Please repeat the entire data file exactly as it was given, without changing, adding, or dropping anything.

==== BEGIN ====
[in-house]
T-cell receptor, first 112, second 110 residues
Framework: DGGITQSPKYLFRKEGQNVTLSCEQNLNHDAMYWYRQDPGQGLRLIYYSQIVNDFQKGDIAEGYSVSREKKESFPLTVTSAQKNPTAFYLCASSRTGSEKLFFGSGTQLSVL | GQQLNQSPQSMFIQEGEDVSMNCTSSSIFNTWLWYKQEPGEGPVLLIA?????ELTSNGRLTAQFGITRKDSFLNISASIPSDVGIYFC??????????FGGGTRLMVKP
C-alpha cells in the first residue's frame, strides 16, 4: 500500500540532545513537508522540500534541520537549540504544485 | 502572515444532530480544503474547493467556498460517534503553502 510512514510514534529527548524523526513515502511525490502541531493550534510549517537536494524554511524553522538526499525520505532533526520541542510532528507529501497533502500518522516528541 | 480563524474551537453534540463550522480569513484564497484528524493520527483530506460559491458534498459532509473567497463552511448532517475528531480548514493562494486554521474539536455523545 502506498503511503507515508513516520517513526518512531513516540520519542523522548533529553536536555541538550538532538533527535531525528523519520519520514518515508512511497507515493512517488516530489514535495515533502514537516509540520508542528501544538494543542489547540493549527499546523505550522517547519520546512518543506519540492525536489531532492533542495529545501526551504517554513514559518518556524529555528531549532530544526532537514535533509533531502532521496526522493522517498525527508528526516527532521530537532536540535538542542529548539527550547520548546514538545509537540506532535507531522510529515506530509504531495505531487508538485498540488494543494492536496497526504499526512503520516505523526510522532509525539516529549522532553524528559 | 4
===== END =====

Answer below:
[in-house]
T-cell receptor, first 112, second 110 residues
Framework: DGGITQSPKYLFRKEGQNVTLSCEQNLNHDAMYWYRQDPGQGLRLIYYSQIVNDFQKGDIAEGYSVSREKKESFPLTVTSAQKNPTAFYLCASSRTGSEKLFFGSGTQLSVL | GQQLNQSPQSMFIQEGEDVSMNCTSSSIFNTWLWYKQEPGEGPVLLIA?????ELTSNGRLTAQFGITRKDSFLNISASIPSDVGIYFC??????????FGGGTRLMVKP
C-alpha cells in the first residue's frame, strides 16, 4: 500500500540532545513537508522540500534541520537549540504544485 | 502572515444532530480544503474547493467556498460517534503553502 510512514510514534529527548524523526513515502511525490502541531493550534510549517537536494524554511524553522538526499525520505532533526520541542510532528507529501497533502500518522516528541 | 480563524474551537453534540463550522480569513484564497484528524493520527483530506460559491458534498459532509473567497463552511448532517475528531480548514493562494486554521474539536455523545 502506498503511503507515508513516520517513526518512531513516540520519542523522548533529553536536555541538550538532538533527535531525528523519520519520514518515508512511497507515493512517488516530489514535495515533502514537516509540520508542528501544538494543542489547540493549527499546523505550522517547519520546512518543506519540492525536489531532492533542495529545501526551504517554513514559518518556524529555528531549532530544526532537514535533509533531502532521496526522493522517498525527508528526516527532521530537532536540535538542542529548539527550547520548546514538545509537540506532535507531522510529515506530509504531495505531487508538485498540488494543494492536496497526504499526512503520516505523526510522532509525539516529549522532553524528559 | 4